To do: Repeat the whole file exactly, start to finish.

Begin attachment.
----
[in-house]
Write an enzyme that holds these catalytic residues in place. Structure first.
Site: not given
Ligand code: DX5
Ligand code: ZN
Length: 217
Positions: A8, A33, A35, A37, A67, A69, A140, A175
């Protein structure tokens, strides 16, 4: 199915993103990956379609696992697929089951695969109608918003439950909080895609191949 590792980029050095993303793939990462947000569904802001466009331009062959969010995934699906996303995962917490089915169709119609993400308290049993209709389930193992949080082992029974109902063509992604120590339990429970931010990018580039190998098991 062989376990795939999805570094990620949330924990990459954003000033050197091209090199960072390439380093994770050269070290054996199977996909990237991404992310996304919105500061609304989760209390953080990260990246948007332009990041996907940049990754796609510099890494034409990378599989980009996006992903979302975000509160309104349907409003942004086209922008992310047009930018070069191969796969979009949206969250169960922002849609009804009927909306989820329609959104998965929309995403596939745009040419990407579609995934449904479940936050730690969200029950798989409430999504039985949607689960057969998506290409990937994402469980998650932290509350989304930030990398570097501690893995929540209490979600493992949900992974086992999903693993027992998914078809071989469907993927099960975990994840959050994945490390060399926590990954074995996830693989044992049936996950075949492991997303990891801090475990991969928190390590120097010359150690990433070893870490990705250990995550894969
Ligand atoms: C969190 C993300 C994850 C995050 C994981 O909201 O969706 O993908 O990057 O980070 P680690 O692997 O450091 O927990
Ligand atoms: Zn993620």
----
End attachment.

[in-house]
Write an enzyme that holds these catalytic residues in place. Structure first.
Site: not given
Ligand code: DX5
Ligand code: ZN
Length: 217
Positions: A8, A33, A35, A37, A67, A69, A140, A175
């Protein structure tokens, strides 16, 4: 199915993103990956379609696992697929089951695969109608918003439950909080895609191949 590792980029050095993303793939990462947000569904802001466009331009062959969010995934699906996303995962917490089915169709119609993400308290049993209709389930193992949080082992029974109902063509992604120590339990429970931010990018580039190998098991 062989376990795939999805570094990620949330924990990459954003000033050197091209090199960072390439380093994770050269070290054996199977996909990237991404992310996304919105500061609304989760209390953080990260990246948007332009990041996907940049990754796609510099890494034409990378599989980009996006992903979302975000509160309104349907409003942004086209922008992310047009930018070069191969796969979009949206969250169960922002849609009804009927909306989820329609959104998965929309995403596939745009040419990407579609995934449904479940936050730690969200029950798989409430999504039985949607689960057969998506290409990937994402469980998650932290509350989304930030990398570097501690893995929540209490979600493992949900992974086992999903693993027992998914078809071989469907993927099960975990994840959050994945490390060399926590990954074995996830693989044992049936996950075949492991997303990891801090475990991969928190390590120097010359150690990433070893870490990705250990995550894969
Ligand atoms: C969190 C993300 C994850 C995050 C994981 O909201 O969706 O993908 O990057 O980070 P680690 O692997 O450091 O927990
Ligand atoms: Zn993620």